That is indeed what we had early this morning. We had our first snow - all 1 inch of it! As the sun was coming up, the trees around the bog were caught in the rising mist, all splendid, shining silver. Then the clouds, consumed with jealousy, hid it all and forced their gray selves upon us. But we live for those momemts.
And... we comfort ourselves with tea, which can be another shining moment. Today seems like an Oolong day and I am having Jung Xuan from Alishan, Taiwan via the Red Blossom Tea Company. This is one of those little-balls-with-a-tail Oolongs that are such fun to watch unfurl. In the packet, it smells like fresh hay or cut lawn, with a lovely hint of jasmine/orchid/gardenia coming out if you inhale deeply.
I brewed it for 3 minutes with water about 200 degrees. The resulting liquid is a soft yellow-green, with that great floral aroma. It has a light, fresh taste, with a lovely floral accompaniment. On the whole it is very like almost every Ali Shan, I've tried. I would rate it about in the middle of that pack. Very pleasant, but not outstanding.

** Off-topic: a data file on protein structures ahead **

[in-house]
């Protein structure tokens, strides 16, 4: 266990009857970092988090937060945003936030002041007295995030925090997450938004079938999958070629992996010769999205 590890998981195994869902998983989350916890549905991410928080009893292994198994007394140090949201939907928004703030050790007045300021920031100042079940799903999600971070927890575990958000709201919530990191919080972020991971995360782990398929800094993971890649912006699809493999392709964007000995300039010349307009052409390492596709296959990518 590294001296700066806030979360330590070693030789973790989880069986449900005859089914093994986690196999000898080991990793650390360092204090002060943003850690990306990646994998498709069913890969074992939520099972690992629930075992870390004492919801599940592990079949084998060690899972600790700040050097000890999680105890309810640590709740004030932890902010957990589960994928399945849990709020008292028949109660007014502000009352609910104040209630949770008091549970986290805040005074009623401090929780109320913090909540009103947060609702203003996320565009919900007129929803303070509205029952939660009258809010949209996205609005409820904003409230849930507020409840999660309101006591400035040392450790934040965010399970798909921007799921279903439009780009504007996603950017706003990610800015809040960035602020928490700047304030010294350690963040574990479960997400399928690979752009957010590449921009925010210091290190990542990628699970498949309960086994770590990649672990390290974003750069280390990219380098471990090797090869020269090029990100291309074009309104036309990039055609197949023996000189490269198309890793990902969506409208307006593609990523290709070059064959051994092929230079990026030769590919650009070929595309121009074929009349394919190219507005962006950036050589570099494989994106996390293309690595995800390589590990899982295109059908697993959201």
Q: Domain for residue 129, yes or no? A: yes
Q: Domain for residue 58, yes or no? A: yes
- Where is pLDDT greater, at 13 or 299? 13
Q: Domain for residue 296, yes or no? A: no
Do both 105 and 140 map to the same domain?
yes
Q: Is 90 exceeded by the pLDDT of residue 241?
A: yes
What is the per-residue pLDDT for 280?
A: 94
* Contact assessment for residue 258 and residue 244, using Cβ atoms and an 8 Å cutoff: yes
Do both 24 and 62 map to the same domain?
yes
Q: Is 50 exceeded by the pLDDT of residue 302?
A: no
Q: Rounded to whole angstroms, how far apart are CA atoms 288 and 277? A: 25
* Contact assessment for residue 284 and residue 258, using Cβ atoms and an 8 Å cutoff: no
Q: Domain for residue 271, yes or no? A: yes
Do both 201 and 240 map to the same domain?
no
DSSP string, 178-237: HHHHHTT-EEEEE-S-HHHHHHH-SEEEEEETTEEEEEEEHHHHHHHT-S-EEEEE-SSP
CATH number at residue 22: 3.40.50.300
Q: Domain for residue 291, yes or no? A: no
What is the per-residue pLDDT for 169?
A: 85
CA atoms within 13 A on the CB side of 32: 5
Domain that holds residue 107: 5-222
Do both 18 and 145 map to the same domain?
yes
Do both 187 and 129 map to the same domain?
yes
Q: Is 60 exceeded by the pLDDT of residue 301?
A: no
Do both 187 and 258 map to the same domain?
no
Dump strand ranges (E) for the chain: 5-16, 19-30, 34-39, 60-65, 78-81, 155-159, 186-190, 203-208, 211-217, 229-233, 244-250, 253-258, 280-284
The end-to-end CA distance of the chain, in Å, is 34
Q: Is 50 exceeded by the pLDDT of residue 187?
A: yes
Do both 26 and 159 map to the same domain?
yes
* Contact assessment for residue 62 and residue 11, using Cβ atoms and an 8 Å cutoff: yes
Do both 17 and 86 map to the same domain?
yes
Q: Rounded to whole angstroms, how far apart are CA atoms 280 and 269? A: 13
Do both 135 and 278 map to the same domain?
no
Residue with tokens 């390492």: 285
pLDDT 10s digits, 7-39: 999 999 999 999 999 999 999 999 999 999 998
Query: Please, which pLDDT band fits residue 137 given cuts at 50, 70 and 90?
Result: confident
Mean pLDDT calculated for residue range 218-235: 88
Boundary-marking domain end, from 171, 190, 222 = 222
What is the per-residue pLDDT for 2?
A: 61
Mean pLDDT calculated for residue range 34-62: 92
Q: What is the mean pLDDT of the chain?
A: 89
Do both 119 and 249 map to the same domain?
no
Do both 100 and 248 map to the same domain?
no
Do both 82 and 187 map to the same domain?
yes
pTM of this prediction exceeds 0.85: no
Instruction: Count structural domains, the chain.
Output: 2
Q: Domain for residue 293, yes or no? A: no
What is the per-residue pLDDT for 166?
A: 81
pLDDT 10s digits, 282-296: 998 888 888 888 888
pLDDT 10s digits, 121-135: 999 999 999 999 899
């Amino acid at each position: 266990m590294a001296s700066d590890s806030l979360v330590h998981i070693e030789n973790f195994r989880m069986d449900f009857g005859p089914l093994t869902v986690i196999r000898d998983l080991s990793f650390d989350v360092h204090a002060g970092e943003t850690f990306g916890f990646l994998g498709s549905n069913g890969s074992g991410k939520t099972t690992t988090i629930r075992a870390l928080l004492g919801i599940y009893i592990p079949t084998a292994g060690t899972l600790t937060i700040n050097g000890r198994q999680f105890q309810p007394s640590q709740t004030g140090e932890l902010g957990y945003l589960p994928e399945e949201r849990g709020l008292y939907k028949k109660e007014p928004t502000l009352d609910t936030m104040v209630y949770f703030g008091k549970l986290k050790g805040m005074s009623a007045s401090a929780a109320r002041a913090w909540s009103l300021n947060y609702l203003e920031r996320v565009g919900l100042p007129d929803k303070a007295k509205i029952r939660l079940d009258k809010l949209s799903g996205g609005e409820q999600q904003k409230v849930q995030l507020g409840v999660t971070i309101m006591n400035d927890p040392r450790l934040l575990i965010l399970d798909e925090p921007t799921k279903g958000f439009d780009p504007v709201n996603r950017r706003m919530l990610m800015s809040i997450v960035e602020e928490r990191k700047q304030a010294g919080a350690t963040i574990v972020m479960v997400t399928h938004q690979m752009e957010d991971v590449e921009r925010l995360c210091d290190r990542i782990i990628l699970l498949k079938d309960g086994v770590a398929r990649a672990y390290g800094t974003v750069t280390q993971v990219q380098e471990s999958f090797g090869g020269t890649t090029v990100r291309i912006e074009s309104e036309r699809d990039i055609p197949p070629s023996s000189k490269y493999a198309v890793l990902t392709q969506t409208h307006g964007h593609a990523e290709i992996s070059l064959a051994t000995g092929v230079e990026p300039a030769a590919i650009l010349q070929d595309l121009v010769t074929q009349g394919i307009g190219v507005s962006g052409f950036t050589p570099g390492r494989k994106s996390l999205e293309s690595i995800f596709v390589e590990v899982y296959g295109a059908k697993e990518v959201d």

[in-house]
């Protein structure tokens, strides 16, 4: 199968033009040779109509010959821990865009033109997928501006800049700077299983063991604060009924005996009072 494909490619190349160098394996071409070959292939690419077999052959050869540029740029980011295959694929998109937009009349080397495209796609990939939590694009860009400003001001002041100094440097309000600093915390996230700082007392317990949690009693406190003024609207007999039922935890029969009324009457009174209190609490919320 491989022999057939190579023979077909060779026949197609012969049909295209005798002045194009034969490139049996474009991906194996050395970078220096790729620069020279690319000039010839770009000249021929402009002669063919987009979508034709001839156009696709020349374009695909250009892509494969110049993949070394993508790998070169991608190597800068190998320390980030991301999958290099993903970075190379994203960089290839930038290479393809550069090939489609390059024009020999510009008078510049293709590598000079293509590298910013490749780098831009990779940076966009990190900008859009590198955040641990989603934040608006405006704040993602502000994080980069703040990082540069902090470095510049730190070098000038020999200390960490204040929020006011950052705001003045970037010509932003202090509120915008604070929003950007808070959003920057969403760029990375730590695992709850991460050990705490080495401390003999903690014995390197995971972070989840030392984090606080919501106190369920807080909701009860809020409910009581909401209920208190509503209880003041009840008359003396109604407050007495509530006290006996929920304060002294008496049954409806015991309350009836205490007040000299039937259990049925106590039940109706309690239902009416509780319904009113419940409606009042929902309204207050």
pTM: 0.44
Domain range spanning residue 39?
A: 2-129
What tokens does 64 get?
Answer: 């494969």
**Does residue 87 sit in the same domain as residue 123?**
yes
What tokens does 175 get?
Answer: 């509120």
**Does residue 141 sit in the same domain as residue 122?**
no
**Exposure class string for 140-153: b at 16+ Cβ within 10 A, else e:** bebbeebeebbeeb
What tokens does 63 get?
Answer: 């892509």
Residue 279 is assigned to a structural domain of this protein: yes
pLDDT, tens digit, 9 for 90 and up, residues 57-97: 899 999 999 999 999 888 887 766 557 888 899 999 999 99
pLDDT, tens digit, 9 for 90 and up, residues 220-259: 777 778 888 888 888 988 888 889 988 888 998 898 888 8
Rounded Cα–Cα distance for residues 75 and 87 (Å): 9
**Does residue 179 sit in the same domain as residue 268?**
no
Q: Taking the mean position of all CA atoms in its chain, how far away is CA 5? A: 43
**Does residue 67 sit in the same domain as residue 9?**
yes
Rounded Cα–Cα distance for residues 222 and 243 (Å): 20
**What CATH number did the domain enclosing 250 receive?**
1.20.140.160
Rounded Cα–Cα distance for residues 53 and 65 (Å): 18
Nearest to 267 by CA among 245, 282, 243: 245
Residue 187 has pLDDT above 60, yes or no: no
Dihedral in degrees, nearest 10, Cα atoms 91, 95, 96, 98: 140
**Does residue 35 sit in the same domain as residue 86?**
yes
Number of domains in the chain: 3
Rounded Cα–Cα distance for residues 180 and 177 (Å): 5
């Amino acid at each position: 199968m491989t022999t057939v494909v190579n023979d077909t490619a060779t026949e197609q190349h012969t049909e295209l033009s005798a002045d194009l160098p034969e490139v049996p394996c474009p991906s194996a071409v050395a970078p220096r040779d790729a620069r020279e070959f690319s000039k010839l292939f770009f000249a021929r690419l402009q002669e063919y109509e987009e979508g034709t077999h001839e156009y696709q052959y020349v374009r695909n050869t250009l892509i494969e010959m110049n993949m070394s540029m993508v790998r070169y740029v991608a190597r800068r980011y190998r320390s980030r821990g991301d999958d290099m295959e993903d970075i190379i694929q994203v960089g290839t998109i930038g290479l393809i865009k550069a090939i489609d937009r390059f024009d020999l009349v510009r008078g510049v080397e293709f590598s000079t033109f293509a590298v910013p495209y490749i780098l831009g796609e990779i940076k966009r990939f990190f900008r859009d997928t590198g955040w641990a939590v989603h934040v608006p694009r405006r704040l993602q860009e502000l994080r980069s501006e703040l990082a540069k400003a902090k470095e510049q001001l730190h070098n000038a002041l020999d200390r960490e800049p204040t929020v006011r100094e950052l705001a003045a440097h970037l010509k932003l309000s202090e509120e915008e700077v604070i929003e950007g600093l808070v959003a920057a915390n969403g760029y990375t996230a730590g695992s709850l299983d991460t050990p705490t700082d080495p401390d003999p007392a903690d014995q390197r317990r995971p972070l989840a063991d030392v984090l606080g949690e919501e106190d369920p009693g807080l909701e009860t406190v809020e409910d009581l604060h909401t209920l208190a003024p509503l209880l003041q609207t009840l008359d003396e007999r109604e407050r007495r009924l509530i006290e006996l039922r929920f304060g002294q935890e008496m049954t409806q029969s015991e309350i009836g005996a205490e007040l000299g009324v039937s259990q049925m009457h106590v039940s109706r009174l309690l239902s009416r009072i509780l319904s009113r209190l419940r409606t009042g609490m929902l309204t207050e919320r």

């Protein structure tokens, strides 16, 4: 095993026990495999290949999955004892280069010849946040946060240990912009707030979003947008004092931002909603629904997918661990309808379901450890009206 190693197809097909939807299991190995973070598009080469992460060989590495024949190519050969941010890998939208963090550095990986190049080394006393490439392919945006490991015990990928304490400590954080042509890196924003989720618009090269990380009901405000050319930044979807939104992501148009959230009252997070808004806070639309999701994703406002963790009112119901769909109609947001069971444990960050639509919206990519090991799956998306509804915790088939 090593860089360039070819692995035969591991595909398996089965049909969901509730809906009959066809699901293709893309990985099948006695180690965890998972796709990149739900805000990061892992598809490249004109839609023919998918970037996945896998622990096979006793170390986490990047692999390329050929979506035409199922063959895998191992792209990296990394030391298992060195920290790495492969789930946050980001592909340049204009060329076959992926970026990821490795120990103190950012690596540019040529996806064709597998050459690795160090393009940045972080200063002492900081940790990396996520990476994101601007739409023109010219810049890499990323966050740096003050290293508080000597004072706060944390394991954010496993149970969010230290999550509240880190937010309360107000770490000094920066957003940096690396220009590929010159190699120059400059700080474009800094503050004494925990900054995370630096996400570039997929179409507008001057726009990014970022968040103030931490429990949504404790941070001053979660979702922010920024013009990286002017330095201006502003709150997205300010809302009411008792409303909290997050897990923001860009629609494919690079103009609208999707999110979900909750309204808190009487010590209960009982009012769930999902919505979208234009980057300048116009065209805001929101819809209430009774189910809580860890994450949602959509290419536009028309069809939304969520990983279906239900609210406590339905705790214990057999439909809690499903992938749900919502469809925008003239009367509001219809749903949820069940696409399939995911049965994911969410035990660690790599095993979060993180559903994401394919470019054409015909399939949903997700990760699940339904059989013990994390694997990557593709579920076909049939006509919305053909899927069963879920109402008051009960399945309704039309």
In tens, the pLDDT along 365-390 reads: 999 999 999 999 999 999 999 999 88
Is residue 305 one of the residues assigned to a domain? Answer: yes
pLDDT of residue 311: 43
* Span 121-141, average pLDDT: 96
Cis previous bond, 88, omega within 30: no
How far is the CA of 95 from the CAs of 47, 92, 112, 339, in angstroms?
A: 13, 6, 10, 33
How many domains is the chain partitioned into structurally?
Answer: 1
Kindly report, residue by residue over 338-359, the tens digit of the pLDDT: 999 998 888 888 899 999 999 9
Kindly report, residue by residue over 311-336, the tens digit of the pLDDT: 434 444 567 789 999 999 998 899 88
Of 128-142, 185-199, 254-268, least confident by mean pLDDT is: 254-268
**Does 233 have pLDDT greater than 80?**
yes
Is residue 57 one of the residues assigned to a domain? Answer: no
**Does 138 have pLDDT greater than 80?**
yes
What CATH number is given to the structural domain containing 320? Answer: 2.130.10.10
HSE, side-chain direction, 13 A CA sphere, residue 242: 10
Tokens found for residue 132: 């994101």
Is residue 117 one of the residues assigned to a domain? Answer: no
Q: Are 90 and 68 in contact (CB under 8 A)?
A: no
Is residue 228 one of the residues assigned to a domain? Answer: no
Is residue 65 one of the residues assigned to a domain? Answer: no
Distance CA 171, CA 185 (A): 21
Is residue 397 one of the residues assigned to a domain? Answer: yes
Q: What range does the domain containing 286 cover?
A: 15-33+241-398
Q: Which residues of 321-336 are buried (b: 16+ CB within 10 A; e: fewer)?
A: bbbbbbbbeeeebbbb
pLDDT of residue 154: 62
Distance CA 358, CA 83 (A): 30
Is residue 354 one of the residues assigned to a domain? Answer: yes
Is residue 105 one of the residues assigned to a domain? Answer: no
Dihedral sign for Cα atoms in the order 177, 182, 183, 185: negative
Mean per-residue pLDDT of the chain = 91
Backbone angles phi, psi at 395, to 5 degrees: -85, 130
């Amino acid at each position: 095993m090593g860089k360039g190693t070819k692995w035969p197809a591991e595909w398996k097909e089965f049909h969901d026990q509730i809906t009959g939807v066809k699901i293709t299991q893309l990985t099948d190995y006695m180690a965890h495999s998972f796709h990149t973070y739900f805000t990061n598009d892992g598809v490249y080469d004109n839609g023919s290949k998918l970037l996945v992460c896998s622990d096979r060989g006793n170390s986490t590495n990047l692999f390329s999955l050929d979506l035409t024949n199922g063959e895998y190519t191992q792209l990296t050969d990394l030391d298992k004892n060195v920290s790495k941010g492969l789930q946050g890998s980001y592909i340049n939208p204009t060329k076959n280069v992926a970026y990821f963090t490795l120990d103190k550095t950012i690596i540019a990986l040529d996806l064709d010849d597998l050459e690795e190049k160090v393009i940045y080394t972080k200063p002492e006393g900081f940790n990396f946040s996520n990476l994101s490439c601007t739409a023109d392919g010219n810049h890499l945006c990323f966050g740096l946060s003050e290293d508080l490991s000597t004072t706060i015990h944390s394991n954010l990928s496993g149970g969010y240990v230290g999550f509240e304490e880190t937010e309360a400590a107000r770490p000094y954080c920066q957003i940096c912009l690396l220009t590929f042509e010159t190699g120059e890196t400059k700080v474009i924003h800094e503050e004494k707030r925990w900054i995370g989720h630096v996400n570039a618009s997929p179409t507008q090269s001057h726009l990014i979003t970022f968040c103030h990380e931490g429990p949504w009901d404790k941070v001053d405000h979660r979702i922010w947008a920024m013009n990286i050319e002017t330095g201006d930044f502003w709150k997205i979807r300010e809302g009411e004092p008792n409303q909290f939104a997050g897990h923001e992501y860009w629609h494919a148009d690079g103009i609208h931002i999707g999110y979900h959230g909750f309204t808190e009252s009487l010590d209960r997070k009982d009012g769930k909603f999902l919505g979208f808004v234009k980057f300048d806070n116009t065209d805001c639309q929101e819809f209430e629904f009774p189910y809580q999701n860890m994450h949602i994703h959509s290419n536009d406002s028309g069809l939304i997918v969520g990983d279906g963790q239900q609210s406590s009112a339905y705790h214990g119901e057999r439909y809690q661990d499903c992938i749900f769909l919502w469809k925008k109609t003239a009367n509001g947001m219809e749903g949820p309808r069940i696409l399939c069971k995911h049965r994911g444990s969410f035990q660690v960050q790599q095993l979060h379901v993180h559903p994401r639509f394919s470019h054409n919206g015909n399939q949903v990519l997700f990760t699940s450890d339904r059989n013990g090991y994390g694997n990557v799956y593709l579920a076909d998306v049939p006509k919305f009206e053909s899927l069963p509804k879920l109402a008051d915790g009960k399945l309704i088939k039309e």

The day has had other lovley bits in it. I saw three hawks - a harrier, a red-shouldered and a red tail in various places on my travels. The best, only seen now that the leaves are gone was several!! oriole nests. I am thrilled, as I wondered if we would ever see any more. They used to nest in elms, usually over a stream, but the elms are gone. Now, many of them nest over roads, which perhaps, seem like streams to them. I had 3 of these gorgeous birds at the feeders this summer.
Speaking of which, Cornell U. has a program called Project Feeder Watch where you can keep track of birds in your yard and report them to a data collection site. You can also find out which birds are where and the most common ones. Just google Project Feeder Watch and read all about it. A good thing to do with your tea.